ANTH 1010 – Maasai Women, Language, & Communication
ANTH 1010 – Maasai Women, Language, & Communication ANTH 1010 -090
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ANTH 1010 -090
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This 4 page Class Notes was uploaded by Jazmine Beckstrand on Wednesday September 21, 2016. The Class Notes belongs to ANTH 1010 -090 at University of Utah taught by Chunfen Zhou in Fall 2016. Since its upload, it has received 9 views.
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Date Created: 09/21/16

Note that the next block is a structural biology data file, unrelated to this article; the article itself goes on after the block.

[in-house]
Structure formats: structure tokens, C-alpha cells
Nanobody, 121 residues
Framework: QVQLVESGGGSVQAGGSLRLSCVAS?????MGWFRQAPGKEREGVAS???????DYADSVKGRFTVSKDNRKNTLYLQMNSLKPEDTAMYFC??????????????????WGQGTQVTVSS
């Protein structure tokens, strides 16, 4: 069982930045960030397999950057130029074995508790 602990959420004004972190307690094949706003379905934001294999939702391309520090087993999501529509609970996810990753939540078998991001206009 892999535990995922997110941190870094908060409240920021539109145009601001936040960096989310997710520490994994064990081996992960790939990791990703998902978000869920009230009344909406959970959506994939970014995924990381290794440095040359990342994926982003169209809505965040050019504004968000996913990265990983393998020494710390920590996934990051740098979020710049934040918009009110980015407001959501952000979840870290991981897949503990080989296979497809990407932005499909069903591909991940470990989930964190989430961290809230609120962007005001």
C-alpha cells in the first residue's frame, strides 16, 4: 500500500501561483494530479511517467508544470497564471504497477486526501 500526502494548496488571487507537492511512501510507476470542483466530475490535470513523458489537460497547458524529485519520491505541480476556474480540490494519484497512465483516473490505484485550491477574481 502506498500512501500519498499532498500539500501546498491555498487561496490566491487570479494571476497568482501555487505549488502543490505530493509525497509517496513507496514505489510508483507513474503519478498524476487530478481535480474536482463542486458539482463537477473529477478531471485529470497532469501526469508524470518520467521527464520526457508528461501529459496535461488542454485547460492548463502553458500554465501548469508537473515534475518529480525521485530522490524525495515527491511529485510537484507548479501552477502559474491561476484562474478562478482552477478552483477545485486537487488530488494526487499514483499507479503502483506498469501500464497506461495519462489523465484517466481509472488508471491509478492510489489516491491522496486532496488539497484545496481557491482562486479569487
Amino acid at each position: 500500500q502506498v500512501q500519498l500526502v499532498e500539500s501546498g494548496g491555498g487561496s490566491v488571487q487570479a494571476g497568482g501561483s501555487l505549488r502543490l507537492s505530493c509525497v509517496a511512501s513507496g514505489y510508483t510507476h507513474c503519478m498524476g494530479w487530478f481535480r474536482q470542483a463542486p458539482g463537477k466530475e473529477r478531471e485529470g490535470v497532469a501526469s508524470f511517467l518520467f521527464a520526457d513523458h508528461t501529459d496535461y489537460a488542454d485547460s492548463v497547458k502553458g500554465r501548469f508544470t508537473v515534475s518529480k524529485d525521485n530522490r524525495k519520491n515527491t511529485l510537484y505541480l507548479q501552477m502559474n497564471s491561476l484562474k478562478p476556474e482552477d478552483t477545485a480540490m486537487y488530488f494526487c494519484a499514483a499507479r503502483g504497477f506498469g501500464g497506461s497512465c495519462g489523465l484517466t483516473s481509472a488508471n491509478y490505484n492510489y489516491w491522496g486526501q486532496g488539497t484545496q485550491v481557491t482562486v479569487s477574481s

ANTH 1010 – Maasai Women, Language, & Communication Definitions Key Concepts Locations * = on exam Four Subsistence Types Foraging: hunting and gathering wild plants and animals Pastoralism: herding large domesticated animals Horticulture: small-scale, low intensity farming Intensive agriculture: large-scale, intensive farming Foraging Most ancient of human subsistence patterns Do not establish permanent year-round settlements Major variations Pedestrian: diversified hunting and gathering on foot Equestrian: concentrating on hunting large mammals from horseback Aquatic: concentrating on fish and/or marine mammal hunting usually from boats Pastoralism Pastoral nomads: follow a seasonal migratory pattern that can very from year to year. Transhumance pastoralists: follow a cyclical pattern of migrations that usually take them to cool highland valleys in the summer and warmer lowland valleys in the winter. Patrilineal descent Polygamy is a common marriage pattern Horticulture Part-time planting and tending of domesticated food plants Small domesticated animals are often raised for food and prestige Shifting pattern of field use Slash and burn technique to clear wild vegetarian Well suited to humid, tropical conditions Intensive Agriculture Primary subsistence pattern of large-scale, populous societies Horticulture --> Intensive agriculture Foraging < Pastoralism *Why did the Mukogodo become Maasai? Ethnic tidying Preserve British land interests for white settlers Place "distinct" groups onto unique pieces of land (reserves) Increased contact between ethnic groups Hypogyny Females marry up Beehives to livestock *Why the switch to pastoralism? Perspective Dependent Mukogodo are poor --> less livestock Mukogodo are considered lower status by Maasai because of lack of formality with rules (i.e. il-torrobo, ceremonial frugalness, less gerontocracy, language use). Norms vs. Behaviors Boys are the preferred sex normatively (Maasai) Girls more likely to visit doctors, held and nursed more, have better growth Trivers-Willard Hypothesis: Parents (mostly mothers) will favor the sex that provide the greatest return on investment Biased sex ratio at birth Bias in treatment When in "good" condition favor boys (boys can make more babies than girls - polygamy) When in "bad" condition favor girls (males are more fragile than females) Ethnography of Speech The study of cultural and sub-cultural patterns of speech variation in different social contexts Status Affects Language Use Elites more homogenous in spoken language Conform to idealized rules of language Lower classes more heterogeneous in spoken language Labeled dialect Maasai and Samburu Formal/reserved attitudes Mukogodo Relaxed/informal attitude With cultural contact, people… Code switch (use language differently in different contexts) Shift to the language of the more powerful (language is lost) Create pidgin language All humans have the ability to learn language Universal grammar Basic set of principles, rules, and conditions that form the foundation of all languages Children apply this unconsciously to the sounds they hear 1-6 years Interesting properties of human language Productivity (infinite number of words or sentences can be created through sound combinations) Displacement (we can talk about the past and future, not just the present) Phonology: sound system of a language Phone Smallest identifiable unit of sound made by humans >100 phones identified English approx. 44 phonemes Morphology: system for creating ideas/words from sounds Morpheme Smallest unit of language that has meaning Semantics: system relating to words to meanings Lexicon (total stock of words in a language) Syntax: system of rules for combining words into meaningful sentences E.g. English uses subject, verb, object, etc. Comparative Linguistics: science of documenting relationships between languages and grouping them into families. Approx. 6800 spoken languages 50% are endangered 1/3 spoken by fewer than 1000 people Core Vocabulary List of 100-200 meanings found in all languages Glottochronology Statistical technique used to estimate the date of language separation Linguistic Diversity More than 50% of the world's languages are spoken in 8 countries India, Brazil, Mexico, Australia, Indonesia, Nigeria, Papua New Guinea, and Cameroon Linguistic diversity "hot spots" Non-verbal Communication Artifacts - communication via clothing, tattoos, piercings Haptics - study of touch Contact societies Non-contact societies Chronemics - study of different ways societies use/understand time M-time (monochronic) - time is inflexible and lives are organized by scheduling P-time (polychronic) - time flexible, fluid, and social interactions not expected to proceed like clock Proxemics - study of cultural use of space How close should two people be when talking? Kinesics
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